In limited time, I do not want to dwell on the former Government's record—the decline in our fleet by two thirds, the 50 per cent. decline in the contribution of the UK-owned fleet to the UK service sector, the 55 per cent. decrease in its contribution to gross domestic product. I shall focus on the fact that the numbers of British seafarers have declined by 60 per cent. since 1980, from 52,000 to 20,000.
The Cardiff report shows why it is fundamental that the Government take the actions that my hon. Friend the Member for Harwich mentioned to put the support for maritime training programme into effect. The report predicts a frightening shortfall, and the implications for the whole UK maritime sector are equally frightening.
I am glad that the Government have taken the initiative on SMART. Unfortunately, it has come late in the day, but that is because the Government were not previously in a position to put it into effect. I am delighted that they have done so, and I am sure that the Ministers will have our full support in all that they are doing to improve crewing and training in this country.
I congratulate my hon. Friend the Member for Harwich (Mr. Henderson) on an excellent maiden speech, and on his generosity in allowing an intervention from my hon. Friend the Member for Brent, North (Mr. Gardiner). My hon. Friend the Member for Harwich has chosen for his maiden speech a topic of particular importance to the Government, a fact highlighted by the presence on these benches of my right hon. Friend the Deputy Prime Minister and many other colleagues. The fact that the matter is not of importance to the Conservative party is emphasised by the absolute emptiness of the Opposition green Benches.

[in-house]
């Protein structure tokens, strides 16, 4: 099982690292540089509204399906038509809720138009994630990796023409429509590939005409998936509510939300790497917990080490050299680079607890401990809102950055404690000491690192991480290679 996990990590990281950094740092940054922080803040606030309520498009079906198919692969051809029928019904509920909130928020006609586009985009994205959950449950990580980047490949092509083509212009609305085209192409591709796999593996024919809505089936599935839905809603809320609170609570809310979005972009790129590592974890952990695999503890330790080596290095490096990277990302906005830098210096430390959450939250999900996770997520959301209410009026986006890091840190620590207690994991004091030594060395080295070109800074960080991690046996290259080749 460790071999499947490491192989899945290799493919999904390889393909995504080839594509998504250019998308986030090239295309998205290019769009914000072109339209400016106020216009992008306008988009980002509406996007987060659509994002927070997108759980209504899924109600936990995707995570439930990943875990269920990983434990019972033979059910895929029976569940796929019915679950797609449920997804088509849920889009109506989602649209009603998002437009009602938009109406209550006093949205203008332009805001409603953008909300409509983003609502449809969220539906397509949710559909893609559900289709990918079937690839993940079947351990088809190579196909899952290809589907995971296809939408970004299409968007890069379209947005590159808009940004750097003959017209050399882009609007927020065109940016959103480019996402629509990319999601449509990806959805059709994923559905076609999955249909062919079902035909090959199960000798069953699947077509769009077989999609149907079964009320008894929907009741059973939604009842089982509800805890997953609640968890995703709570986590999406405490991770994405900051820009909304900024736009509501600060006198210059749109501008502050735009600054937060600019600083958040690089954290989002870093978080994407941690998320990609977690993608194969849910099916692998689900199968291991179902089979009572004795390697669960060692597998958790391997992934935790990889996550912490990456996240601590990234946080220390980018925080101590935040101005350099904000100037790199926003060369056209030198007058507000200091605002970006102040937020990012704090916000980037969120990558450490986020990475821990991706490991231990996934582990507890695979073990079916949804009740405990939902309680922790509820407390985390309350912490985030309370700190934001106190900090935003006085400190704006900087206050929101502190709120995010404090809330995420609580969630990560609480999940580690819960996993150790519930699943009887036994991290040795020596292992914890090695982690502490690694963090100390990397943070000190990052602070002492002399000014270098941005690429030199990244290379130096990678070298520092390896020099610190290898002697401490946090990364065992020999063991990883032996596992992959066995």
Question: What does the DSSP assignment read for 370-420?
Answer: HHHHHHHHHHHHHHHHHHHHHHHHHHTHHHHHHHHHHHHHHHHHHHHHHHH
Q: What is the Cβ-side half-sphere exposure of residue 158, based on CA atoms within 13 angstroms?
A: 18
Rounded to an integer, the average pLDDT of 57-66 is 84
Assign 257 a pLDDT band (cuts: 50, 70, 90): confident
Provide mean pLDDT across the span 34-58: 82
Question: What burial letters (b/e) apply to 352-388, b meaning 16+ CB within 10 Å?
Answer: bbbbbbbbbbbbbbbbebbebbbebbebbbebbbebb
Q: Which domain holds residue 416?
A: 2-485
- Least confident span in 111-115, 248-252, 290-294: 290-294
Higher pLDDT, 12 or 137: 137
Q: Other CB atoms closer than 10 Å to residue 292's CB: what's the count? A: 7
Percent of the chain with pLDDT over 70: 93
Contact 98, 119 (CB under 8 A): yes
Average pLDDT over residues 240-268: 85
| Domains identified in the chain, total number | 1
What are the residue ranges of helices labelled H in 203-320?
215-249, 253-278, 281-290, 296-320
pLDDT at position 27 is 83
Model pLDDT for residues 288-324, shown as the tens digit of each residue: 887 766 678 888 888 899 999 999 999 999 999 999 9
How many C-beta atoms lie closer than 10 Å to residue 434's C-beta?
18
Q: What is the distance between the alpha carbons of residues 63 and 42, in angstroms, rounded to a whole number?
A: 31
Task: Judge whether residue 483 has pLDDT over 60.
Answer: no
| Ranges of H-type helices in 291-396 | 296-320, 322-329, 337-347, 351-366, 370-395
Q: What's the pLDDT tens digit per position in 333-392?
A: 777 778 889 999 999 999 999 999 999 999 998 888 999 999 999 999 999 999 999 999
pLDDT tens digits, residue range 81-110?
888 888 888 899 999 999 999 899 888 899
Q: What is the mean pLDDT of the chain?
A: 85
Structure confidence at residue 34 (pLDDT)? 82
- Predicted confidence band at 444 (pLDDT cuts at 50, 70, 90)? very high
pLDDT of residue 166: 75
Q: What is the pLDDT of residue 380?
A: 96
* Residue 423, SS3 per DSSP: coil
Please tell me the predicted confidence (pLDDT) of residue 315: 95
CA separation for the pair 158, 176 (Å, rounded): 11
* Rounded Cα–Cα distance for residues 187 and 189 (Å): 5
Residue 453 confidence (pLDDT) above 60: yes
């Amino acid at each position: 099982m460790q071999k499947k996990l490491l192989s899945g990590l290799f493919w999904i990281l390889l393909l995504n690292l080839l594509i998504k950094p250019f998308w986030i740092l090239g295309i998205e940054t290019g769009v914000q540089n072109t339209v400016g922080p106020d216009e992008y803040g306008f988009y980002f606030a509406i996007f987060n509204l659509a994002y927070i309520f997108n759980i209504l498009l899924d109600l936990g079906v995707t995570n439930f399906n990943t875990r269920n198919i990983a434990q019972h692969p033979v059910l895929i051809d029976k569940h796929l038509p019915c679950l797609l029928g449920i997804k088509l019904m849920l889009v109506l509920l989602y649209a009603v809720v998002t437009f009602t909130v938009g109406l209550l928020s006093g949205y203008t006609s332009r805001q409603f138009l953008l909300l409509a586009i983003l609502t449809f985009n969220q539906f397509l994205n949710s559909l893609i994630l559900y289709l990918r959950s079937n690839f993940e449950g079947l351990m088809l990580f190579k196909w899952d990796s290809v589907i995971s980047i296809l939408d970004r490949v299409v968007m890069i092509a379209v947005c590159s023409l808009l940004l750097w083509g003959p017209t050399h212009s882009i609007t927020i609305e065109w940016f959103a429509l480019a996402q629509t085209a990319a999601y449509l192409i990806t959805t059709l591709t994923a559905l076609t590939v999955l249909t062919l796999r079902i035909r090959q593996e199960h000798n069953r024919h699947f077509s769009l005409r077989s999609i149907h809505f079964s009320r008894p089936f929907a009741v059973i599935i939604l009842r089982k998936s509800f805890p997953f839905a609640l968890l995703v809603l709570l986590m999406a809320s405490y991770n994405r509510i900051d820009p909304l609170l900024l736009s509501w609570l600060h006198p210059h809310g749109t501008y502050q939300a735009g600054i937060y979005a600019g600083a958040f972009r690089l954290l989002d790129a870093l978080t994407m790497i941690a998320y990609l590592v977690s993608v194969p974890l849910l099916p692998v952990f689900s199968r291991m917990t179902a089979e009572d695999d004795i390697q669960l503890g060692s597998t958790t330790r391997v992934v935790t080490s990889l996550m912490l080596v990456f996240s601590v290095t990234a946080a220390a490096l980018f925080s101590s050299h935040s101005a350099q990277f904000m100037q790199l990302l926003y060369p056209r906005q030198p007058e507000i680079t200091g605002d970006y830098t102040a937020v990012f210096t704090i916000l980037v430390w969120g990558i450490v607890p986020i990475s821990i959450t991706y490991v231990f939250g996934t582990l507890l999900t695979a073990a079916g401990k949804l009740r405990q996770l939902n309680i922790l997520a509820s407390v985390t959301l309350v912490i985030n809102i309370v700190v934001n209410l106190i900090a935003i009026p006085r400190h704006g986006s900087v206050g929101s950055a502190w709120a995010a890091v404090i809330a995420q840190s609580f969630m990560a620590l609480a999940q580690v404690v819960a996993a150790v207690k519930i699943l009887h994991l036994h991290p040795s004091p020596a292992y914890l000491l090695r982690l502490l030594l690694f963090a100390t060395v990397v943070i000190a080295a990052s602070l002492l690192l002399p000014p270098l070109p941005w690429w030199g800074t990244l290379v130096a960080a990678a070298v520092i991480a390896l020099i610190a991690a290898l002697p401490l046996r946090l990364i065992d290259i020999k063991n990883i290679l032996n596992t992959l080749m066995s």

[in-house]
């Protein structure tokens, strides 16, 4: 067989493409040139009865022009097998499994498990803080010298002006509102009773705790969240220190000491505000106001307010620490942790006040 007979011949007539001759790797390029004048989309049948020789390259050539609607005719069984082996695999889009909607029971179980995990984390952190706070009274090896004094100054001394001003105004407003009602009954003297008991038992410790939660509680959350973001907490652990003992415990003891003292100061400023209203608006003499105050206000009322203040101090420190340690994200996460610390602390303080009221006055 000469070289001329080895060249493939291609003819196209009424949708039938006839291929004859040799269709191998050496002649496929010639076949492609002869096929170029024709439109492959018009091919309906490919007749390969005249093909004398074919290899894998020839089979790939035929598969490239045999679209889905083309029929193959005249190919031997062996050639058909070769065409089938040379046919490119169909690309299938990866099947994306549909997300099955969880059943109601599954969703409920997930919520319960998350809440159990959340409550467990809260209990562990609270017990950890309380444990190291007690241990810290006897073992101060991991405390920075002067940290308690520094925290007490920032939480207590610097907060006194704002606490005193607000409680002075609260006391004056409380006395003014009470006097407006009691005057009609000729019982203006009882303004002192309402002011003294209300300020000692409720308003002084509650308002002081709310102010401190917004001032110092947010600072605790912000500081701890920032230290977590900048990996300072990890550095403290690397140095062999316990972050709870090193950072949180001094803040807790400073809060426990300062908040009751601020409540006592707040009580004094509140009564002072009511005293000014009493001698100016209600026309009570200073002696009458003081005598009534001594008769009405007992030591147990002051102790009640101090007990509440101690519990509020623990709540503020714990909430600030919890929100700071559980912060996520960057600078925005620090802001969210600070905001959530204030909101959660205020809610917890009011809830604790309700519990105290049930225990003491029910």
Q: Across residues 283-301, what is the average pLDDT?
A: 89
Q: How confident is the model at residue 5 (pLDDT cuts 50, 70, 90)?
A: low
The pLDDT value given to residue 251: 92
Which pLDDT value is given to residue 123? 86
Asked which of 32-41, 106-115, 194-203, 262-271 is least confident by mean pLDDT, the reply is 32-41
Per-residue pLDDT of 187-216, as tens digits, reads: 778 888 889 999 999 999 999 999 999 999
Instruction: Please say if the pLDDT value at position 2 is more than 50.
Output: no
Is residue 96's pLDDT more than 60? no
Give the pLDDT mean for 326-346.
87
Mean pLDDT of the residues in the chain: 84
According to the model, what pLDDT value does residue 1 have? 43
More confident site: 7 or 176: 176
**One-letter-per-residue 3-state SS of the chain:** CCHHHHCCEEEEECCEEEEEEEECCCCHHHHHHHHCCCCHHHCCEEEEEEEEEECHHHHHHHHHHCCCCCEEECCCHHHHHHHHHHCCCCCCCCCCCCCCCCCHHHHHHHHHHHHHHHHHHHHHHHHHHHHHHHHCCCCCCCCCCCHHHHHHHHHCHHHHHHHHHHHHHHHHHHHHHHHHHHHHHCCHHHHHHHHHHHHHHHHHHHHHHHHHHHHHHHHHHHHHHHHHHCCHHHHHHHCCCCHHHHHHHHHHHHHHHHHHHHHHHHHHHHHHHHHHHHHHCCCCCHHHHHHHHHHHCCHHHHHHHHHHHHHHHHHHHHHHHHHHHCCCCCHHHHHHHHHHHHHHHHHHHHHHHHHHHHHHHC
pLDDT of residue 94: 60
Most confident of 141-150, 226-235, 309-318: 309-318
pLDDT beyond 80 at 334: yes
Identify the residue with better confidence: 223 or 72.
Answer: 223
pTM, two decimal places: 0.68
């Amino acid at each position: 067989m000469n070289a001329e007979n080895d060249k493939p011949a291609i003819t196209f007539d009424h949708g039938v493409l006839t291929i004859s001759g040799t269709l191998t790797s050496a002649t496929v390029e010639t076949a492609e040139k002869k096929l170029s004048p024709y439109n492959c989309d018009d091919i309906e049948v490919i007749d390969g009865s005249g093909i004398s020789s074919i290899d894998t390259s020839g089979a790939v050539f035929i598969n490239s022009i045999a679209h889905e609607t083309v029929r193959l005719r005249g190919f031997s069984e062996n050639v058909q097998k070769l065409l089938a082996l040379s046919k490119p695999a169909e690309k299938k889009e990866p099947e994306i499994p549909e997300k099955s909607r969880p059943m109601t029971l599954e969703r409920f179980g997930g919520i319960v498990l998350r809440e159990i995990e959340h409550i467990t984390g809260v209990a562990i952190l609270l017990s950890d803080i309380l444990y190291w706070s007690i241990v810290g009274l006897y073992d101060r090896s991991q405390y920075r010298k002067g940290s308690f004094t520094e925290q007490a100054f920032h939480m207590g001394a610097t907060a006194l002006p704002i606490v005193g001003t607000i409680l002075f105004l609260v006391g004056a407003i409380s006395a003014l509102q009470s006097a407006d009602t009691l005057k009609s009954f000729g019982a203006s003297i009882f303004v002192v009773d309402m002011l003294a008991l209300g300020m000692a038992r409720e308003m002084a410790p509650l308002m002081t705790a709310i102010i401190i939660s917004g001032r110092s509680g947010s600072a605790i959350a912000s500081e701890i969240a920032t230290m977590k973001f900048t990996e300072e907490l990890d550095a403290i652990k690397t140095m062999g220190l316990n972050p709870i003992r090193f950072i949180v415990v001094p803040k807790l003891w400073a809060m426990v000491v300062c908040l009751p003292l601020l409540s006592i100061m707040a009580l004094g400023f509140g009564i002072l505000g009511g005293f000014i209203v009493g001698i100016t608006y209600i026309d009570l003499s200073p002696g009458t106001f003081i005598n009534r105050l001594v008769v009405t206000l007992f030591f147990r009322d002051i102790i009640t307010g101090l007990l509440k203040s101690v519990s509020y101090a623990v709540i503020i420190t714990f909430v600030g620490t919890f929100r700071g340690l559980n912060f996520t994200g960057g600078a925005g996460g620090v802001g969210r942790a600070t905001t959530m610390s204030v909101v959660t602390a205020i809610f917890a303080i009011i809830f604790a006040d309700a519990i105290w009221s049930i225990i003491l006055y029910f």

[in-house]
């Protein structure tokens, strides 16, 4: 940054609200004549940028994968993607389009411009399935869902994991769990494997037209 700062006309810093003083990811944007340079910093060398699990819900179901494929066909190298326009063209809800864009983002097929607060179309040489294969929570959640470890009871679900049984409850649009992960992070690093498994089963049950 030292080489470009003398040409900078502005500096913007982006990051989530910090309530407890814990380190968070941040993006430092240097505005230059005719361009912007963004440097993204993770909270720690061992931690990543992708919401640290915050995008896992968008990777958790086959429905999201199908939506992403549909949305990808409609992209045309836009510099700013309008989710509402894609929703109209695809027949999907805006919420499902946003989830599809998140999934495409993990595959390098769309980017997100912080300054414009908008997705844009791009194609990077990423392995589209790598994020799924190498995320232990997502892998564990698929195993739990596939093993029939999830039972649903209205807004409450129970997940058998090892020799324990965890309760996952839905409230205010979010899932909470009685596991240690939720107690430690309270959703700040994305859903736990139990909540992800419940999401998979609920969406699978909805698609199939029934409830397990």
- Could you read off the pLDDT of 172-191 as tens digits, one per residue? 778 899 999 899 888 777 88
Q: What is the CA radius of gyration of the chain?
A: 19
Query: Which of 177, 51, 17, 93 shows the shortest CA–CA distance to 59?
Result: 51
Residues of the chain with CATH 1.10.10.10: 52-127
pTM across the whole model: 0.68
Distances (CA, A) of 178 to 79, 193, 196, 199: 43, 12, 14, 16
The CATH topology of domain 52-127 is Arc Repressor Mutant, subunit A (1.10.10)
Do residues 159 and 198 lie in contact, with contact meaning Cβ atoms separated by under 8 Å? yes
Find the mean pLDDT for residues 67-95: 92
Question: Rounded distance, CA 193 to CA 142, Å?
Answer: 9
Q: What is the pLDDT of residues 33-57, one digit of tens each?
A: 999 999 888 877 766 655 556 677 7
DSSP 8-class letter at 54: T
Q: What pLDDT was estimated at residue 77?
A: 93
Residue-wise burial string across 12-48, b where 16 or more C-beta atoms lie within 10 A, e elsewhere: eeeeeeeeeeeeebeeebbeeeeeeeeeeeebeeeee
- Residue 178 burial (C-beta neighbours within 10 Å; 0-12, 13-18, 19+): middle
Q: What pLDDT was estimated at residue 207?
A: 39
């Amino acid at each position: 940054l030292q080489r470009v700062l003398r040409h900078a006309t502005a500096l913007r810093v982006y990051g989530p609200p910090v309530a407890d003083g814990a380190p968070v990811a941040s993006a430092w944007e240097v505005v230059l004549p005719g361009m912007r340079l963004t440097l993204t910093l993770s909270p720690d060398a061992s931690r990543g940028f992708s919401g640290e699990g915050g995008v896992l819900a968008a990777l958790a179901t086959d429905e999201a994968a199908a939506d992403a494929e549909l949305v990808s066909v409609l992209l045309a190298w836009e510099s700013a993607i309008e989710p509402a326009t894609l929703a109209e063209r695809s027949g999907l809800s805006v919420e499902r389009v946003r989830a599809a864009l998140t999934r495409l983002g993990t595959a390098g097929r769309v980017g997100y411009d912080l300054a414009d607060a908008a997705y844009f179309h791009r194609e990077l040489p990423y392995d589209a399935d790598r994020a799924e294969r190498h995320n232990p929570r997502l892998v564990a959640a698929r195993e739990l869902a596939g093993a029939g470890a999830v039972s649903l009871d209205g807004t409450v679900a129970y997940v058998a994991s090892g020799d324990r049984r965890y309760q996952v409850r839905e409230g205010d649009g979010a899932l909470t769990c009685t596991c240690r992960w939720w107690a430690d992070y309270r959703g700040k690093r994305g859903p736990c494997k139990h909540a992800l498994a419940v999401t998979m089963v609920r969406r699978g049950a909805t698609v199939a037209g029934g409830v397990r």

My hon. Friend the Member for Harwich brings a wealth of personal experience and commitment to what is not only his constituency but his birthplace. He described the degree to which the sea has influenced his constituency, from King Alfred's day to the present time.
The reliance of Harwich, and the United Kingdom, on the sea remains undiminished. Shipping is crucial to all of us, a fact perhaps not sufficiently appreciated, for 95 per cent. in weight of our trade—77 per cent. in value—is carried by sea. Ferries to and from our islands carry more than 55 million passengers a year. The UK shipping industry and maritime London contribute substantially to the UK's balance of payments.
Without shipping, our country would not have defended our interests in the past; without shipping we could not maintain our quality of life today. We all rely on the sea, whether for our food, for the goods we use, for transport, for leisure or for our defence.
However, as my hon. Friend the Member for Harwich said, in recent years we have witnessed a dramatic decline in the size of the UK merchant fleet and in the number of trained British seafarers. That cannot be allowed to continue. The Government are committed to halting the decline and giving the industry its due prominence. Let there be no doubt: we believe that a revival in the UK fleet is long overdue.
That is why we have established a shipping working group to see how Government and industry, working in partnership, can reverse the years of decline. The group's first meeting takes place this week. It will include representatives from the Chamber of Shipping, the National Union of Rail, Maritime and Transport Workers, the National Union of Marine, Aviation and Shipping Transport Officers and the Transport and General Workers Union. It will consider how to obtain the maximum economic and environmental benefit from shipping, how to reverse the decline in the UK fleet, how to increase the employment of UK seafarers, and how to encourage the wider maritime industry to commit more resources to seafarer training.